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The first thing to come to my mind when I think of Italy is Rome, The Pope, good food, gelato and of course good wine. In my mind Italians are the classy Europeans when it comes to well everything especially drinking. It seems to me that Italians never drink to get drunk and always accompany their drinks with a good amount of pasta. Italians seem to enjoy the the taste of wine and drink  with an air of sensibility.

In the article titled, “A Sip Too Far: Italy Cracks down on Underage Drinking“, Jeff Israely says this about Italian drinking culture.  “Italy has always prided itself on a balanced — even divine — rapport with the strong stuff. Call it a sipping culture rather than a drinking culture: Italians traditionally serve wine at the family dinner table, with boys and girls often getting their first taste of alcohol around age 12..” This part of the article confirms my preconceived notions of Italians and their drinking culture, and I did see this openness but also a  sense of control to drinking when I traveled to Italy.

However Israely goes onto say “The national minimum drinking age of 16 is often ignored and rarely enforced.” He also quotes a Roman pub manager who argues “Lots of young people don’t even know what they’re drinking … They just [want] to get drunk.” The author of this article is trying to say that usually Italians are very refined in their drinking but since the drinking age isn’t enforced young people are starting to drink more recklessly. This makes sense to me because every young person wants to experiment everything life has to offer whether it’s alcohol or skydiving. This is true of all young people regardless of culture, whether you’re Italian or American.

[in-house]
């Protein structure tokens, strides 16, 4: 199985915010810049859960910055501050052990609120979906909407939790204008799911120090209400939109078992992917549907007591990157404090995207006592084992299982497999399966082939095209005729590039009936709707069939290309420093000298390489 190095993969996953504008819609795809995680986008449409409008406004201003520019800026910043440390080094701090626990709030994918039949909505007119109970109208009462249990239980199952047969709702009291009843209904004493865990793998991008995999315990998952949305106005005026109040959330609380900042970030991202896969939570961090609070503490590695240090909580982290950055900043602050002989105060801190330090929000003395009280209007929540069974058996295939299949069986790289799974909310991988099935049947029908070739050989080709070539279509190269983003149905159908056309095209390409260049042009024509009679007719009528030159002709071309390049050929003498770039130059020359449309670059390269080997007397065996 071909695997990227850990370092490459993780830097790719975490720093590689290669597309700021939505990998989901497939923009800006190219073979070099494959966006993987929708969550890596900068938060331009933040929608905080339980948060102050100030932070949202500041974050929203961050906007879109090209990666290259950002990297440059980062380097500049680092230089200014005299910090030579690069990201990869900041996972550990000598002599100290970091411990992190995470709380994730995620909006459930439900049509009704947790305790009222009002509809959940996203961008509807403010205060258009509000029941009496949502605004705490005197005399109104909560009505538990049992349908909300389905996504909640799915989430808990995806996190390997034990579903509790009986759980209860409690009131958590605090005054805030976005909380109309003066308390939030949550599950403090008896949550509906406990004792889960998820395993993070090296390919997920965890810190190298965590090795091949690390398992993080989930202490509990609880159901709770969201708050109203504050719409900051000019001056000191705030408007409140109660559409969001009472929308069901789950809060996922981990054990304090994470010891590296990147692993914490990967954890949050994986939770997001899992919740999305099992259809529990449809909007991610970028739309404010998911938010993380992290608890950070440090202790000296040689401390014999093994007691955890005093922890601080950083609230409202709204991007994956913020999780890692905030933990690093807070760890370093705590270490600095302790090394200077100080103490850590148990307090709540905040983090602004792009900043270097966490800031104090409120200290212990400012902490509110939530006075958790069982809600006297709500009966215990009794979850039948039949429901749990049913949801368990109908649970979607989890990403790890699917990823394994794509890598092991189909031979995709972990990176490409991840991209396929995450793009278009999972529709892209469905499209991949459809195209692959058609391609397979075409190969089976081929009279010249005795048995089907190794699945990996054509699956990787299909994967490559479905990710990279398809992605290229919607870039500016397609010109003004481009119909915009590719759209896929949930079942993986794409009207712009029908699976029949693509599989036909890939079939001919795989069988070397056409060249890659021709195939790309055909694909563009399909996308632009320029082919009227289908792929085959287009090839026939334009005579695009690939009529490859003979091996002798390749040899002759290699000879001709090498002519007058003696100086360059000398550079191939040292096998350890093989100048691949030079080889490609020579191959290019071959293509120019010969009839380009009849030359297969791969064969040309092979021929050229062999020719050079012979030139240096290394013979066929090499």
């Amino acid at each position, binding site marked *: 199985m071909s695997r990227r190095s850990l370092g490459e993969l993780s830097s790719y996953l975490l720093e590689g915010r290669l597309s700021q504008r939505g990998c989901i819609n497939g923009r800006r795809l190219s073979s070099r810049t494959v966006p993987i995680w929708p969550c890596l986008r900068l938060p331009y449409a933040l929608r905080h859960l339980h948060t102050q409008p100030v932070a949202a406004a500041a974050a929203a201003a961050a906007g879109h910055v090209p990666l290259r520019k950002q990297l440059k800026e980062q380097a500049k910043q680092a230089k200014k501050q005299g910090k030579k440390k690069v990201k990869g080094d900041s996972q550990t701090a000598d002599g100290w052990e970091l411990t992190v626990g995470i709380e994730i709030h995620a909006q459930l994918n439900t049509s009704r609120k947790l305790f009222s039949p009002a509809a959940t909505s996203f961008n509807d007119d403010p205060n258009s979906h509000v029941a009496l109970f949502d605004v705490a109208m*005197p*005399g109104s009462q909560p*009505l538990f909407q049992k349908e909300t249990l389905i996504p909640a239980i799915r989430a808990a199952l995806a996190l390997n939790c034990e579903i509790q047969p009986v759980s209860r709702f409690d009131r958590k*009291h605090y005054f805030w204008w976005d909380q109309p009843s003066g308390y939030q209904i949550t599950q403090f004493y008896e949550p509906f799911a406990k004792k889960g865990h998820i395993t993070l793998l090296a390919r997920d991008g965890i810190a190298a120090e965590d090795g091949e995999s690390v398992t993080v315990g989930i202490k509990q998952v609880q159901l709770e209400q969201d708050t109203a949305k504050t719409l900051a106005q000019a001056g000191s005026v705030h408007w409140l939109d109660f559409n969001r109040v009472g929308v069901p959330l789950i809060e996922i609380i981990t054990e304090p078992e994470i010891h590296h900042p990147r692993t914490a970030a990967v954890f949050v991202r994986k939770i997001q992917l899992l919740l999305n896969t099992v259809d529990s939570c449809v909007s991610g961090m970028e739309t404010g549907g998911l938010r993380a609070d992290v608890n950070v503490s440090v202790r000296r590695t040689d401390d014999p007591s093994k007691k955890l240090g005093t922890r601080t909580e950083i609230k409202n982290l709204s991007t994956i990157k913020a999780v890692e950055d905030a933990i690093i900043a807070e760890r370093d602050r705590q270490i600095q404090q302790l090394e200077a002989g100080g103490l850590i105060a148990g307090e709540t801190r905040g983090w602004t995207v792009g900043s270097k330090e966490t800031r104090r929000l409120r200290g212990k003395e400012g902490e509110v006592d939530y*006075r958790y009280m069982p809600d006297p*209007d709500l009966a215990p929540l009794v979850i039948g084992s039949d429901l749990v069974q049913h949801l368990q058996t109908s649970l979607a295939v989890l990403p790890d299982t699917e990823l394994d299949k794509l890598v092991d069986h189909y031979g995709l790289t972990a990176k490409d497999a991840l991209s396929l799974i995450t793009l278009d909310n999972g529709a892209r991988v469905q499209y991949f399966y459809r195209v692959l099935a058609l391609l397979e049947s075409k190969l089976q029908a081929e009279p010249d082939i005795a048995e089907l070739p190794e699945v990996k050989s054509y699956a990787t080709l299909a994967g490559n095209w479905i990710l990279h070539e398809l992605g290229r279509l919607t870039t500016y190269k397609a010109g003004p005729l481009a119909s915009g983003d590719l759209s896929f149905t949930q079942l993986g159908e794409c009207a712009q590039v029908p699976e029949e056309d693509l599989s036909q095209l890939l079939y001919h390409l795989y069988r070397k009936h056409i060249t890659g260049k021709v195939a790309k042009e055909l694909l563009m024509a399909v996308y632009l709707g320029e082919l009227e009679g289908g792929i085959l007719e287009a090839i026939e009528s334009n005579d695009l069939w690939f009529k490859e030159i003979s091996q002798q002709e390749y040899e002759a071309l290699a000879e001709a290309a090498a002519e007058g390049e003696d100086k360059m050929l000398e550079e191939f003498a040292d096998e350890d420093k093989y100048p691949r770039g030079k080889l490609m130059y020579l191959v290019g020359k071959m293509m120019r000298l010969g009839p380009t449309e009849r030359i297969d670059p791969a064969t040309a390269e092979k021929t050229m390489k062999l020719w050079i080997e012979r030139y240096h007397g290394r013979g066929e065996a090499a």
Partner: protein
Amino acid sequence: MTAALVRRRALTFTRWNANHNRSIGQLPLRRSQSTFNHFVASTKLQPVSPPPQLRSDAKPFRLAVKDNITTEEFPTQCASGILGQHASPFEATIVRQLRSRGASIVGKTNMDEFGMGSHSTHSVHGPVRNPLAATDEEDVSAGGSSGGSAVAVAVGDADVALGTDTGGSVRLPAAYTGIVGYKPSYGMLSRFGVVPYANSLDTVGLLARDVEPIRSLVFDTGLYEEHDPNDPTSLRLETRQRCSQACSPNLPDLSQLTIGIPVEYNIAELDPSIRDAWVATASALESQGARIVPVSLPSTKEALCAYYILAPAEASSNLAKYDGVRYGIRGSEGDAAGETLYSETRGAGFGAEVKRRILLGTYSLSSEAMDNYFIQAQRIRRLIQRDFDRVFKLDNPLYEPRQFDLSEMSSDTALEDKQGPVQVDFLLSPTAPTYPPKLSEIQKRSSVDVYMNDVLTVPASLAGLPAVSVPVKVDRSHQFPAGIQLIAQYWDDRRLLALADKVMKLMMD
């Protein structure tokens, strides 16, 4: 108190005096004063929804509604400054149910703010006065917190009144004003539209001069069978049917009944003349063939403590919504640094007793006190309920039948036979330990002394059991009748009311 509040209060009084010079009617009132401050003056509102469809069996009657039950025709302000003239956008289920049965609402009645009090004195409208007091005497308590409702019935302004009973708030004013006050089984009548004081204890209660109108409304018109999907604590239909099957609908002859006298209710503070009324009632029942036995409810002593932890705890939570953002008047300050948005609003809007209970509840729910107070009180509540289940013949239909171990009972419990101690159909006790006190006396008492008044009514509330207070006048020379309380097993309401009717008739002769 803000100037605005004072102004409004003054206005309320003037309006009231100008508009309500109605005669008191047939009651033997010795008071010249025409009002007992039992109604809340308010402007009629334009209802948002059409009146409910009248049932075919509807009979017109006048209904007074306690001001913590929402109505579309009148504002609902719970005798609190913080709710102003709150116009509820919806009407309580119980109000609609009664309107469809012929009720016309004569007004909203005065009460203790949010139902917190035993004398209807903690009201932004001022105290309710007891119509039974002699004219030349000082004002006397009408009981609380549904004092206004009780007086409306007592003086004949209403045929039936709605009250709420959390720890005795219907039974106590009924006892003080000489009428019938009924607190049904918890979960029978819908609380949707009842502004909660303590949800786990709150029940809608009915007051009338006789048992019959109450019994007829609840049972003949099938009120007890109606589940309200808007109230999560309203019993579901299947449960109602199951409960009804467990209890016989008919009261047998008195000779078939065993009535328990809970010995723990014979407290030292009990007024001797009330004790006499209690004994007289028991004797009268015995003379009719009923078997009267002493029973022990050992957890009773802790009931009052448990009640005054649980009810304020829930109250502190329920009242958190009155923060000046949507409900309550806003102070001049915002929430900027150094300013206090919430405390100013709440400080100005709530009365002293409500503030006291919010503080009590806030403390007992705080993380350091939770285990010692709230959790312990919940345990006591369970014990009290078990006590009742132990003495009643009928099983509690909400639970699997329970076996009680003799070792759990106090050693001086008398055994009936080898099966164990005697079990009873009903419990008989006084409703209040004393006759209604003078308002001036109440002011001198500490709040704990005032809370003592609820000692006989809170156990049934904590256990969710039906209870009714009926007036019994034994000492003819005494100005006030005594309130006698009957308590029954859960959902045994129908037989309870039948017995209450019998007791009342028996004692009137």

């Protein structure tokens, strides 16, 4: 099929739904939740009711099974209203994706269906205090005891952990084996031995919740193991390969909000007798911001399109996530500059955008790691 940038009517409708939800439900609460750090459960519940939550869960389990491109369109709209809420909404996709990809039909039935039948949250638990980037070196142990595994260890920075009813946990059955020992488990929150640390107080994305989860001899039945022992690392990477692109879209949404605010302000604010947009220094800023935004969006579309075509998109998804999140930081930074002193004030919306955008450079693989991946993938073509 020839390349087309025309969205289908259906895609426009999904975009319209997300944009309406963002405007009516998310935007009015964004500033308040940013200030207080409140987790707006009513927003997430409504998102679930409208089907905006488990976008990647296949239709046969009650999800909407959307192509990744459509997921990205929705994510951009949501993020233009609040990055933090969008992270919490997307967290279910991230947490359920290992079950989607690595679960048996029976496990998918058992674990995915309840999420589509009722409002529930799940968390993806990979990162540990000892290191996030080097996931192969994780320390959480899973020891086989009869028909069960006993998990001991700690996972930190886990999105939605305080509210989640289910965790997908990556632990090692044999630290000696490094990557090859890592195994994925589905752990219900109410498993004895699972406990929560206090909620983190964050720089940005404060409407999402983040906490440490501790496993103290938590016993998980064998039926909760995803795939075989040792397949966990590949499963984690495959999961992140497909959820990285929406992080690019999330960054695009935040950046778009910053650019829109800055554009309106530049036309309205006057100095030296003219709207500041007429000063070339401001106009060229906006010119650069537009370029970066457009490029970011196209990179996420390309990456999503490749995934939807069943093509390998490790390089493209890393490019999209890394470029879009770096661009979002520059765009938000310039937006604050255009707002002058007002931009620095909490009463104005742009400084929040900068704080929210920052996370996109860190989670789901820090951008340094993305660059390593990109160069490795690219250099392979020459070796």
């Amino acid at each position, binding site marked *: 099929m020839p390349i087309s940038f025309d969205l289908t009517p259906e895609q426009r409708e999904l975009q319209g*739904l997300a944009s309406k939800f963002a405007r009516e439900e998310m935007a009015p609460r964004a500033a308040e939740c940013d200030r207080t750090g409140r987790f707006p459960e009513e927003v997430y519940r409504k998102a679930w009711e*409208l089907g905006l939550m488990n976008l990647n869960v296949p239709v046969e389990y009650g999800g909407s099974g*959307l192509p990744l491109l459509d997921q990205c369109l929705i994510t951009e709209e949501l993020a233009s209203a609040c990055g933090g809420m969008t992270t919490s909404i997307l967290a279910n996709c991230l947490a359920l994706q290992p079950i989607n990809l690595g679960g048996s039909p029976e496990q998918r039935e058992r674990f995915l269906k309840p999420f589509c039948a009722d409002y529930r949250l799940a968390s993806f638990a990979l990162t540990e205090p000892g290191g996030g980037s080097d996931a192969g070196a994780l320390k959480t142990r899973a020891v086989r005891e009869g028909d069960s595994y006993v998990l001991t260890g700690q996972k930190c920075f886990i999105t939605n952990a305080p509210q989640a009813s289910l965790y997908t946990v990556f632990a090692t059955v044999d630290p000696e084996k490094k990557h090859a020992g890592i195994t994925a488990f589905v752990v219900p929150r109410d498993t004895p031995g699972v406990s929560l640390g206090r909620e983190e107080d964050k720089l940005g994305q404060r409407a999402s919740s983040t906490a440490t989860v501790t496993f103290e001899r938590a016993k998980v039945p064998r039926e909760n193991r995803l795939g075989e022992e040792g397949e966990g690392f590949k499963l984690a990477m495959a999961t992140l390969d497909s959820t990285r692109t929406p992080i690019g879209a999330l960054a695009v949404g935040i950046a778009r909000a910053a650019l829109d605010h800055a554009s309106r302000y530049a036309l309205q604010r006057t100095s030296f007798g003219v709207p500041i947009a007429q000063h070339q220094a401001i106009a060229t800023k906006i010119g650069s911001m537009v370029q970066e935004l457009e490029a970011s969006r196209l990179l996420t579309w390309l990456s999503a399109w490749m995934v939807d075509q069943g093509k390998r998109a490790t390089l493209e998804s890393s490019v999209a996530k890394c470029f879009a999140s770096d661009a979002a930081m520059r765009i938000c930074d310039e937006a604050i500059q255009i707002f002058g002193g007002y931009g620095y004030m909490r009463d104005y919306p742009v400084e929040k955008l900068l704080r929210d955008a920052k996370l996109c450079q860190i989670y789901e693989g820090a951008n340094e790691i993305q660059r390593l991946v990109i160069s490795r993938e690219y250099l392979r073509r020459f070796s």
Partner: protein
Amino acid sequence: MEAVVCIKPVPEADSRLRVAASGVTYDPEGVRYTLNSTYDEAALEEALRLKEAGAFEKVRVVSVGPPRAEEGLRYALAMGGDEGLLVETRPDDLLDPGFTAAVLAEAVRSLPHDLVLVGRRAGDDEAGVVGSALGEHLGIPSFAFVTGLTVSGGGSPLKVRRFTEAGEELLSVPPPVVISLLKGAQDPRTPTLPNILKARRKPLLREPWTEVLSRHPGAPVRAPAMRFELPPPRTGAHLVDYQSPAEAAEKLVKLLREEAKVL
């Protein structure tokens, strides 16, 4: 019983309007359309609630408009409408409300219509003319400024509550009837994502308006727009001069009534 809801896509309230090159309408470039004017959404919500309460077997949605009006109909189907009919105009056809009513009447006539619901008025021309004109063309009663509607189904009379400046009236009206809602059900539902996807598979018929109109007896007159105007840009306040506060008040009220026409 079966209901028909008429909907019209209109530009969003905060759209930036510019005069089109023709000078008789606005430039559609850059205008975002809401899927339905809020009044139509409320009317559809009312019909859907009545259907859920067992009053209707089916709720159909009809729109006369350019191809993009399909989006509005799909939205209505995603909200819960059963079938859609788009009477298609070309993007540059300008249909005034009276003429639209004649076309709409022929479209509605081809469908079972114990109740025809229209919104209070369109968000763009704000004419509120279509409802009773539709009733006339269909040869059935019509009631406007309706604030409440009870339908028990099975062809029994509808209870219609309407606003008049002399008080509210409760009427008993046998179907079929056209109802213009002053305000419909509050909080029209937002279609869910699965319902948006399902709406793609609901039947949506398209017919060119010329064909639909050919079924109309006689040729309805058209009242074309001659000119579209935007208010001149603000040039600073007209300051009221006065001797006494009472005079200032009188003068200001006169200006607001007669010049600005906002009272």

In order to combat this underage drinking the city of Milan is trying to enforce the legal drinking age of 16 years. So now those only 16 years of age and older can buy alcohol and anyone caught supplying alcohol to someone underage or if someone is caught drinking in public who is under 16 will be fined 700 hundred dollars. After the Milan city council passed this legislation, the Italian Prime Minister encouraged other cities to follow Milan’s lead. Which has started in some other other cities now. The hard part about doing this is that it is illegal to ask someone for identification in Italy before being served alcohol. So it’s up to the bar or store decide how old the person looks.

What is this?! I applaud Milan for reacting to a growing problem among its youth but can a Prime Minister really do no more that just recomend that other cities start doing the same? Doesn’t he have the power to make the whole follow this legislation? In addition, coming from an American background where we card people until they are 30, how can there be an actual law not allowing for identification before buying or consuming alcohol? What is the sense of having a drinking age then? If Italy is going to care about it’s youths’ problem with drinking I feel it needs to start taking the problem seriously. Some people are but the problem not everyone feels the same way.

Courtesy of Italian Alcohol Comsumption on the Rise.

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2 Comments

  1. I always heard that the drinking culture in Europe typically produced one that was not centered around getting drunk. It is interesting to hear that this is not really the case. I also think its crazy that they are not able to ask for identification at bars, it seems that this is a law that should be reconsidered if the Europeans are truly interested in enforcing a drinking age limit.

  2. After reading your blog on Italy I was surprised there was a drinking age in general. Both grandparents from my mother’s side of the family are Italian; when we use to visit them we were always served wine and sambuca liquor (if we decided to drink coffee). Although making a drinking age might seem like a good idea for Italy, I feel that drinking is embedded in the culture itself; In this sense I feel the city of Milan will have no success with their new law.


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